Guest post by Hugo Huurdeman
The project Virtual Interiors as Interfaces for Big Historical Data creates new types of 2D, 3D and 4D interfaces to access historical and linked data. Within the project, virtual reconstructions of historical rooms in different 17th century houses are created. These 3D models can provide access to extensive research, historical information and various archival documents.
Because of its interest in the preservation of 3D media and the presentation of its archives in 3D, interactive environments, the Netherlands Institute for Sound and Vision is a partner in the Virtual Interiors project. Sound and Vision has a large collection of historical media-related objects, such as radios and televisions. These objects are sometimes displayed in the museum, but often not visible to the public. When they are displayed, it is behind glass with limited clarity about how the device works.
Idzerda virtual radio - prototype 1
This video above shows the first prototype application we created. It allows for investigating the Marine B from various viewing positions (outside and inside the radio), to get informed about each component, to experiment with lighting settings, and to follow a guided tour informing about the functionality of the radio. Since this prototype did not take advantage of the surroundings of the radio, nor from the possibilities that Virtual Reality has to offer, we continued working on a second prototype.
Idzerda virtual radio - prototype 2
This second video shows how we further optimized our second prototype for use in immersive VR, providing playful ways to de- and reconstruct the virtual radio piece by piece. Moreover, we added various surroundings, such as a schematic living room, and a mock-up ship environment. Embedding the 3D radio within an environment can increase the sense of scale, but also offers the possibility to directly interact with additional contextual information, such as the letter by a thankful customer referenced above, or a portrait of Idzerda on the wall.
Related to presentation, we observed that different viewing platforms can provide unique possibilities: the PC-based platform facilitates exchanging detailed information about the radio itself, while phones and tablets allow for emphasis of the tactile qualities of the radio. Moreover, Virtual Reality can reveal the real dimensions of the object in an immersive experience and invites for playful approaches to interaction. We learned to use a “scalable” approach: use the same contextual information where possible, but add specific functionality tailored to specific viewing mode. For instance, the full texts and annotation possibilities in the PC mode, and abbreviated texts and custom navigation possibilities within the environment in the VR mode.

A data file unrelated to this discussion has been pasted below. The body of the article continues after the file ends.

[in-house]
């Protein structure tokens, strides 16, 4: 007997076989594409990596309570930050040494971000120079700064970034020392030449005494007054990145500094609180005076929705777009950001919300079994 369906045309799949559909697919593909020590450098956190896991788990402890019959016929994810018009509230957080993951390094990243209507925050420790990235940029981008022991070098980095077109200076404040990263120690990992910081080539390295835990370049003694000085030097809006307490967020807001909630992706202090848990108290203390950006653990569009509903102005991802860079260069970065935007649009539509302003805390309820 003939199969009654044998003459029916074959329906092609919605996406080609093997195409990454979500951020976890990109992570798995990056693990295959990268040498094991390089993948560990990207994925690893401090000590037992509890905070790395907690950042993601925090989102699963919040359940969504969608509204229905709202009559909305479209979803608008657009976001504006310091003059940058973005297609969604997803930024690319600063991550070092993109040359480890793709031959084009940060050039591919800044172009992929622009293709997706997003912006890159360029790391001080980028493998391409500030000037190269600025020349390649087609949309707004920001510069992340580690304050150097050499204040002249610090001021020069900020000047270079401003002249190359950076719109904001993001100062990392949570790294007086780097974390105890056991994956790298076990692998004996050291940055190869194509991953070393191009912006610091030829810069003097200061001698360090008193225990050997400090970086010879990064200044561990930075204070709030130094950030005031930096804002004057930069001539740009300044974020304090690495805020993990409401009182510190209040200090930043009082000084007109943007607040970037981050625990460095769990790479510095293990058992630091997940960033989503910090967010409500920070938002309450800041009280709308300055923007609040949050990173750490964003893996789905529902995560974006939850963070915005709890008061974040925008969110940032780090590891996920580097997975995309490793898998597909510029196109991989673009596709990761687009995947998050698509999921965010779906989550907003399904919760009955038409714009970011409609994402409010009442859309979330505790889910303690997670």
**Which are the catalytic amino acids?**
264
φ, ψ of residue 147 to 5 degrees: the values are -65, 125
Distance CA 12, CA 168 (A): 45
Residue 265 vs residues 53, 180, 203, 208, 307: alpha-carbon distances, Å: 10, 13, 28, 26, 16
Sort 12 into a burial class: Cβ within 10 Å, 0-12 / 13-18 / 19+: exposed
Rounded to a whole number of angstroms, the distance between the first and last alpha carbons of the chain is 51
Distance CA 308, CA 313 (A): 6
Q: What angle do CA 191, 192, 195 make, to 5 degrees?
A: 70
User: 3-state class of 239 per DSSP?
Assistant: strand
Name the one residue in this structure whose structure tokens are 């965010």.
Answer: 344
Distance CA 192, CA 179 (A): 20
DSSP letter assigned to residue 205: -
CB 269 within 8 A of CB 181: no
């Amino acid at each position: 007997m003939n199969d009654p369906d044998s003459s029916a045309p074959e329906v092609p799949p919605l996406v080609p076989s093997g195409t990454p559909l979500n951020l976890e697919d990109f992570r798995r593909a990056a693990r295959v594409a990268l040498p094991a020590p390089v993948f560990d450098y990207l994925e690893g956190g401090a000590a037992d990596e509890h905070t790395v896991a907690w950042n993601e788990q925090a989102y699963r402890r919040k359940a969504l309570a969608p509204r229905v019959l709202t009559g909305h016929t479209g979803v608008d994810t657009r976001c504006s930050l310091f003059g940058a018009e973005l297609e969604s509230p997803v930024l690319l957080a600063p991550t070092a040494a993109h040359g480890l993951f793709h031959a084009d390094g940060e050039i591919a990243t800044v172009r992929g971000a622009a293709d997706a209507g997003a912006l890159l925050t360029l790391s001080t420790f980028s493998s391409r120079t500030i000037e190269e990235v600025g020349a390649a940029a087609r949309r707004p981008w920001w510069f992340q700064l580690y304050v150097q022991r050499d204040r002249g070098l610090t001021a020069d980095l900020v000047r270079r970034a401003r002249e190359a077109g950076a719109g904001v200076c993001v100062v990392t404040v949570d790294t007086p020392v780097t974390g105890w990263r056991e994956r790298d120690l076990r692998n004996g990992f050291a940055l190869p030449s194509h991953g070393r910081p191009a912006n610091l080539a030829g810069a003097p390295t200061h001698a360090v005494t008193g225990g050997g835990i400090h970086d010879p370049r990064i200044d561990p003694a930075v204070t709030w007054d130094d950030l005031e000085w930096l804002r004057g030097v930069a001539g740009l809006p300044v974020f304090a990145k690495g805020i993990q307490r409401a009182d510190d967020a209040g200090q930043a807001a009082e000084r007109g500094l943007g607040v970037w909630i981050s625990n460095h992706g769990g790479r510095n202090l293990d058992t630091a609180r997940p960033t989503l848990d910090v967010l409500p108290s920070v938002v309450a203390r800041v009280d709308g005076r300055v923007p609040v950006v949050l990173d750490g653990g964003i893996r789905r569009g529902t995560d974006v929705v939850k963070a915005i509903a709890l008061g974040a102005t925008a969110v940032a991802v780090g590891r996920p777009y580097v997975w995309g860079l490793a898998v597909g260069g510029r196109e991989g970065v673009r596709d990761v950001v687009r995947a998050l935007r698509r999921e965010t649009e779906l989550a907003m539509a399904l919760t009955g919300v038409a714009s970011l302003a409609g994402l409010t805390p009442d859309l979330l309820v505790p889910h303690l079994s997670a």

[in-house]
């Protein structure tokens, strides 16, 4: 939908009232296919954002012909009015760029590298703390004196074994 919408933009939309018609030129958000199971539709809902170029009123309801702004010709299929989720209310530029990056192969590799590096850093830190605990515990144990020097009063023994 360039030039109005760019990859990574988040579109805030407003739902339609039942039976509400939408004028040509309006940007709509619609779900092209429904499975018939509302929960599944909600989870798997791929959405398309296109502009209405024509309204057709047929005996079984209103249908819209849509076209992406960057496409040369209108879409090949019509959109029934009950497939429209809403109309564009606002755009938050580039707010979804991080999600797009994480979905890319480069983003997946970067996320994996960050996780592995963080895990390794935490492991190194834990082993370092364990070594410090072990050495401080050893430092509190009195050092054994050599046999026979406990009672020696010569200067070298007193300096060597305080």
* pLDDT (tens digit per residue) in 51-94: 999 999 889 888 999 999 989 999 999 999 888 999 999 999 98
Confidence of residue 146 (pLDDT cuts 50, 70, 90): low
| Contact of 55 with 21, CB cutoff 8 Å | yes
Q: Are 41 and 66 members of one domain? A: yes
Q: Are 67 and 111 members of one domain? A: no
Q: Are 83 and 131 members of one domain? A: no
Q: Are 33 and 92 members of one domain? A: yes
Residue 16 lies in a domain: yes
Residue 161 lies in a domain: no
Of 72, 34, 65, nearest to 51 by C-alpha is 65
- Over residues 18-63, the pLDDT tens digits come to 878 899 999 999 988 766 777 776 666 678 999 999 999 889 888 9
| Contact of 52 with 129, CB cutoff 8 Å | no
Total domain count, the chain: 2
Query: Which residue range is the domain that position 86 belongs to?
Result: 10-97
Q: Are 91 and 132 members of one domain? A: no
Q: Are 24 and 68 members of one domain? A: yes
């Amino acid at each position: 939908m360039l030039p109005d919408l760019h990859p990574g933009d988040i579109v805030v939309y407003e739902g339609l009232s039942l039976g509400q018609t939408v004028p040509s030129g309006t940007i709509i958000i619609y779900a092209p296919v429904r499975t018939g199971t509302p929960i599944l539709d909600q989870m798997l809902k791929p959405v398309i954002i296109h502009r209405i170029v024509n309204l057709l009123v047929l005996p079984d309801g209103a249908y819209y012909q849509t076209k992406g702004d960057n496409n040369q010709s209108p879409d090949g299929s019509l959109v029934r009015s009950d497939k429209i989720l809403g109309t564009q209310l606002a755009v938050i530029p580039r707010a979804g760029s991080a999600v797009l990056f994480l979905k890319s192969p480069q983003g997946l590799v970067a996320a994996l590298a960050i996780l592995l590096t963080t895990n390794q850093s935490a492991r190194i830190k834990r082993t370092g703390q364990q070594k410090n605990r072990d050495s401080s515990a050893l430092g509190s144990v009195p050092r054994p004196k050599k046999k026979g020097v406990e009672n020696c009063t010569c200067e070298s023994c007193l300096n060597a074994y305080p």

In terms of preservation, we combined open file formats for 3D models (such as GLTF), with open-source software for presentation (BabylonJS) and structured spreadsheets for contextual background information. This approach facilitates archiving all included software and dependencies, enabling preserving and recreating the experience in the future, for instance via emulation. We found the flexibility of the used open-source web framework especially valuable, as it scales across platforms and supports common standards such as WebXR. The separation between 3D models, and separately editable contextual information allows for direct collaboration between people with different expertises, including the 3D modelers, interaction designers and historical experts.
Conclusion and future work
This exploratory project showed the potential of creating a virtual representation of a radio from the past. This opens up possibilities which are not feasible with a "real" historical radio, such as handling and removing components, as well as getting analytical overviews. One can play with perspectives: a standard view of the radio from the outside, but also a "miniature" view to explore the radio from the inside. Moreover, one can place the radio in different environments, for instance a living room or ship, and provide additional context within this space, for instance the letter thanking Idzerda for the high quality radio he constructed.
Thus, we highlighted the feasibility and value of creating an interactive 3D representation. Such an interactive 3D experience could be very worthwhile for research, educational and professional use, but also for engaging broader audiences. As various types of historical objects often cannot be exhibited due to their fragility, our approach may be valuable for further archival objects. A potential hindrance is the cost of manually creating detailed 3D models, but we are also looking at other semi-automatic ways to do 3D modeling, such as photogrammetry. The presented interactive 3D prototypes are developed further within the Virtual Interiors Project and tested with users. Also, we plan to extend the explorations already done by making Idzerda's historical radio available in Augmented Reality.
Acknowledgements: this work was conducted in the context of the project 'Virtual Interiors as Interfaces for Big Historical Data Research. Spatially enhanced publications of the creative industries of the Dutch Golden Age' funded by the Dutch Research Council (NWO).